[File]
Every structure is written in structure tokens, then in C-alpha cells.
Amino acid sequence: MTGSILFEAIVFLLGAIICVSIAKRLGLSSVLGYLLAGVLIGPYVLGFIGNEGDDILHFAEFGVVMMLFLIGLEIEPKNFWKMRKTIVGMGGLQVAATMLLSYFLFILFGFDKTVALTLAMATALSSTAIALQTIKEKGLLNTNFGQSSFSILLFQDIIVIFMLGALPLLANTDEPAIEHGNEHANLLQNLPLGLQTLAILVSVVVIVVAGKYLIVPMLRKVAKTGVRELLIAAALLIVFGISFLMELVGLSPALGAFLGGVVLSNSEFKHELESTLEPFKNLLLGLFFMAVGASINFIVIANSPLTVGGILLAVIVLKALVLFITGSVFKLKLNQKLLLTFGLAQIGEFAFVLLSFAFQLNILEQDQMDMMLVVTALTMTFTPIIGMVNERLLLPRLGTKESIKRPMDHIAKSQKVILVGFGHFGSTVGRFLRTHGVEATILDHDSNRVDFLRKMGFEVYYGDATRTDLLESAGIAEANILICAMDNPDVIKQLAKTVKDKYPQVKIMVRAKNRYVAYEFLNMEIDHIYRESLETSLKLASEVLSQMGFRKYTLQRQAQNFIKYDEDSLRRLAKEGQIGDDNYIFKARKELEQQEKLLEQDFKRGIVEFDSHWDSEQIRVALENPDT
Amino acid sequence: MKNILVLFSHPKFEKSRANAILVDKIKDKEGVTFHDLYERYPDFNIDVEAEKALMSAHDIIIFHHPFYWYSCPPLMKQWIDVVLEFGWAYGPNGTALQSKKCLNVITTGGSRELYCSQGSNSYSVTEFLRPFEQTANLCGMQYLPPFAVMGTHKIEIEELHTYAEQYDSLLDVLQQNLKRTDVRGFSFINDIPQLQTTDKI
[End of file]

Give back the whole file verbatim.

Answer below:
Every structure is written in structure tokens, then in C-alpha cells.
Amino acid sequence: MTGSILFEAIVFLLGAIICVSIAKRLGLSSVLGYLLAGVLIGPYVLGFIGNEGDDILHFAEFGVVMMLFLIGLEIEPKNFWKMRKTIVGMGGLQVAATMLLSYFLFILFGFDKTVALTLAMATALSSTAIALQTIKEKGLLNTNFGQSSFSILLFQDIIVIFMLGALPLLANTDEPAIEHGNEHANLLQNLPLGLQTLAILVSVVVIVVAGKYLIVPMLRKVAKTGVRELLIAAALLIVFGISFLMELVGLSPALGAFLGGVVLSNSEFKHELESTLEPFKNLLLGLFFMAVGASINFIVIANSPLTVGGILLAVIVLKALVLFITGSVFKLKLNQKLLLTFGLAQIGEFAFVLLSFAFQLNILEQDQMDMMLVVTALTMTFTPIIGMVNERLLLPRLGTKESIKRPMDHIAKSQKVILVGFGHFGSTVGRFLRTHGVEATILDHDSNRVDFLRKMGFEVYYGDATRTDLLESAGIAEANILICAMDNPDVIKQLAKTVKDKYPQVKIMVRAKNRYVAYEFLNMEIDHIYRESLETSLKLASEVLSQMGFRKYTLQRQAQNFIKYDEDSLRRLAKEGQIGDDNYIFKARKELEQQEKLLEQDFKRGIVEFDSHWDSEQIRVALENPDT
Amino acid sequence: MKNILVLFSHPKFEKSRANAILVDKIKDKEGVTFHDLYERYPDFNIDVEAEKALMSAHDIIIFHHPFYWYSCPPLMKQWIDVVLEFGWAYGPNGTALQSKKCLNVITTGGSRELYCSQGSNSYSVTEFLRPFEQTANLCGMQYLPPFAVMGTHKIEIEELHTYAEQYDSLLDVLQQNLKRTDVRGFSFINDIPQLQTTDKI